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Role Playing (Games)

Submission + - WoW Addiction Results in Death of Toddler

Henry V .009 writes: The Albuquerque Journal reports that Federal authorities have just charged Rebecca Wulf for allowing her 3-year-old daughter to starve to death, surrounded by "cat feces, moldy food and unwashed dishes" while Rebecca played World of Warcraft. I thought Slashdoters might want an early heads up on what is likely to become a big news story. Having worked with abused children in the past, I can say that the stories I hear of WoW addiction cases are on the level of hard drug addiction stories — in my opinion at least, this can no longer be dismissed as a 'you can be addicted to anything' issue anymore.

Submission + - Experiment Confirms Relativity Claims

scubamage writes: "On the 14th of April, Stanford University scientists announced the completion of the experimental phase of Gravity Probe B, a test of Einstein's theory of relativity and gravity. To quote, "One way to think about space-time is as a large fishing net. Left unperturbed and stretched out flat, it is straight and regular. But the minute one puts a weight into the net, everything bends to support that weight. A weight that was spinning would wreak even more havoc with the net, twisting it as it spun. The mass-energy of the planet earth represents a "weight" in our net of space-time, and the daily revolutions of the earth, according to Einstein's theory, represent a twisting of local space-time. GP-B will search for this twisting effect, which has never before been measured." The tests so far have shown that Einstein was correct at least in the fact that there is a distortion. The actual drag created on time space is still being calculated. The stanford article can be found here. The official press release in PDF format can be found here."

Submission + - M$ Vista DRM lock-in and who to blame

An anonymous reader writes: Charlie Demerjian over at The Inquirer has a brilliant and impassioned rant about DRM infections, who causes them, who wants them and why hardware vendors don't have the spines to stand up for their rights and for the rights of users. From the article: "THE RECENT BILE directed at DAMMIT [ATI+AMD] over the framebuffer lockout is entirely misdirected. Or, at least, the reason to blame the firm is wrong. The hardware providers may be guilty as hell here, but not for this — the real evil here is Microsoft with its DRM fetish. The loser? You, once again". Read the article here.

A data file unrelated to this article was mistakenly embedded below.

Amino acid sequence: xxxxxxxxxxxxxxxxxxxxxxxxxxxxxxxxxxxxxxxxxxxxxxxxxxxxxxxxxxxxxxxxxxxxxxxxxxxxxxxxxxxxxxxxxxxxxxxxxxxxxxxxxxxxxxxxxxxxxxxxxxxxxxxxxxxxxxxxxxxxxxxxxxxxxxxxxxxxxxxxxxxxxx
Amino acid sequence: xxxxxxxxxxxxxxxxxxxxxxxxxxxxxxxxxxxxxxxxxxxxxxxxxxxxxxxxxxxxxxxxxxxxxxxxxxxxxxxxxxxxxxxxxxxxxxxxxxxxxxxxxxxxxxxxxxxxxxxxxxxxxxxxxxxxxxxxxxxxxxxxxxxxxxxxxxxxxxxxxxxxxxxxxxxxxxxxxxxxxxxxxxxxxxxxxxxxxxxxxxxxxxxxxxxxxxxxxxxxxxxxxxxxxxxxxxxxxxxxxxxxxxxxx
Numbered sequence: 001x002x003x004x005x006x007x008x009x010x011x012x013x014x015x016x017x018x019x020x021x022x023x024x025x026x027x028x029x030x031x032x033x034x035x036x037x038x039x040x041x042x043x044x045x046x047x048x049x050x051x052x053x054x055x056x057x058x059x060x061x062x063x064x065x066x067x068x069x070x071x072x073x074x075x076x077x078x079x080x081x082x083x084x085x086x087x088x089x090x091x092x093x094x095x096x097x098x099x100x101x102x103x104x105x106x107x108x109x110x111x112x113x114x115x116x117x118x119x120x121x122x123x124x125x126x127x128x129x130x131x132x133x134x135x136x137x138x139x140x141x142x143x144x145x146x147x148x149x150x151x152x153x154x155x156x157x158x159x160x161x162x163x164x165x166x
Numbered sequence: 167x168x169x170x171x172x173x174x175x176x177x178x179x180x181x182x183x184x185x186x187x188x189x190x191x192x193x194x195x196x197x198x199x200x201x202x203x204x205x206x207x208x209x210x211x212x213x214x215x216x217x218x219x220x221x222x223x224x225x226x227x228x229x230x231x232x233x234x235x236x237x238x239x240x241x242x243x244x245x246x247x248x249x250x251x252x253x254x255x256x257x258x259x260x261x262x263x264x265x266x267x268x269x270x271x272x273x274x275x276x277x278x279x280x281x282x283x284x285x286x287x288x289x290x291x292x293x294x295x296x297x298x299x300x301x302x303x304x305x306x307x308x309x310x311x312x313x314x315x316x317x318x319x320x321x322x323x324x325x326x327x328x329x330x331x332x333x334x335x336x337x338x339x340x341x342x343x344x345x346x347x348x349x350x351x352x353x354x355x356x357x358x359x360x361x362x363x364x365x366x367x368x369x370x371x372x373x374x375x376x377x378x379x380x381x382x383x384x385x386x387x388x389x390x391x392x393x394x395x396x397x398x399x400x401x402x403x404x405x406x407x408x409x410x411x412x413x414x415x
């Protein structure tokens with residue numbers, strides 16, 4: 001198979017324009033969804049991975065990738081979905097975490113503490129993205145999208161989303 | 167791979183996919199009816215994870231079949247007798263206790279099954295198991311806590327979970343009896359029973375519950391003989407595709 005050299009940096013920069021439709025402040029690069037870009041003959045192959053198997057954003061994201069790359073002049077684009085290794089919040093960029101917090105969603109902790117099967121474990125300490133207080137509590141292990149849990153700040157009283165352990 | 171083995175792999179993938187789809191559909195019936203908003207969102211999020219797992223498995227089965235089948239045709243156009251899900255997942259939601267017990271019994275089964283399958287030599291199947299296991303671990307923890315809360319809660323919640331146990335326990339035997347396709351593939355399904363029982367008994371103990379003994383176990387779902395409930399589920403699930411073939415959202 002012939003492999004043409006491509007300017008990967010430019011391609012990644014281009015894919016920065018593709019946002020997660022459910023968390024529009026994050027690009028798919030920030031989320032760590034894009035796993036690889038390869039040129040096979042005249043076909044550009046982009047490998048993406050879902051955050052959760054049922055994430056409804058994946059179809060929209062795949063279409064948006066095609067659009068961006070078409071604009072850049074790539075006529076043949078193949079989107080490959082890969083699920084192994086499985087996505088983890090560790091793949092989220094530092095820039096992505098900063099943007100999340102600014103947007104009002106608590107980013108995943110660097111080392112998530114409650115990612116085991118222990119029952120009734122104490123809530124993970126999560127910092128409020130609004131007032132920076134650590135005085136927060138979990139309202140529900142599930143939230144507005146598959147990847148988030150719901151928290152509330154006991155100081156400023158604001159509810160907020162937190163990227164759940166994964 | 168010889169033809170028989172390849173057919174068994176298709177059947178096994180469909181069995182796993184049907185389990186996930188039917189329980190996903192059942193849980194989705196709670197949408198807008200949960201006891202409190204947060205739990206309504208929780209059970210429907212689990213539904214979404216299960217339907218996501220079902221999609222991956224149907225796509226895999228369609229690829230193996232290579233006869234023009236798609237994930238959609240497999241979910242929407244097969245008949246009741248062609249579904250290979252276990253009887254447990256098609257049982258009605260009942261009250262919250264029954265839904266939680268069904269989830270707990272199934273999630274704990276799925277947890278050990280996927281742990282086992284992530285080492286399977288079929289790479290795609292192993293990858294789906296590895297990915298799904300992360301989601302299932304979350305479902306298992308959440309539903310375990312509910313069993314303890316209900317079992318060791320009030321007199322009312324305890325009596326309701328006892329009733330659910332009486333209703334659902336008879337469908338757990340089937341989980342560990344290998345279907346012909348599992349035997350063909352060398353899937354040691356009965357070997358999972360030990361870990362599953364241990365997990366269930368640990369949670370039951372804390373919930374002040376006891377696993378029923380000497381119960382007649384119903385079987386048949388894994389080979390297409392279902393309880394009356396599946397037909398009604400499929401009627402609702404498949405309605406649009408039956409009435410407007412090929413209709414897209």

Submission + - Physicists figure math needed for invisibility

An anonymous reader writes: A group of engineers at Purdue University in Indiana have now used mathematical equations figured out last year, to bend light around objects, to design a relatively simple device that ought to be able to — one day soon — make objects as big as an airplane simply disappear. From the article: "It looks pretty much like fiction, I do realize, but it's completely in agreement with the laws of physics," said lead researcher Vladimir Shalaev, a professor of electrical and computer engineering at Purdue. The design calls for tiny metal needles to be fitted into a hairbrush-shaped cone at angles and lengths that would force light to pass around the cloak. This would make everything inside the cone appear to vanish because the light would no longer reflect off it. The major limitation is that the current design can only bend the light of a single wave-length at a time, and does not work with the entire frequency range of the visible spectrum. "How to create a design that works for all colors of visible light at the same time will be a big technical challenge, but we believe it's possible," Shalaev said. "In principal it's doable."

Submission + - Unintended Consequences of Rogers' Packet Shaping

knorthern knight writes: "To counter P2P programs that encrypt their traffic to evade detection, Rogers Cable in Canada has apparently started throttling ALL ENCRYPTED IP TRAFFIC, according to this article on Michael Geist's blog. How many of you log in to work over a VPN or ssh-tunnel? How many get usenet news, or email over an encrypted connection. This could be a problem for Rogers Cable customers. Michael Geist, who happens to be the "Canada Research Chair of Internet and E-commerce Law" at U of Ottawa, has "been advised that the University computer help desk has received a steady stream of complaints from Rogers customers about off-campus email service.""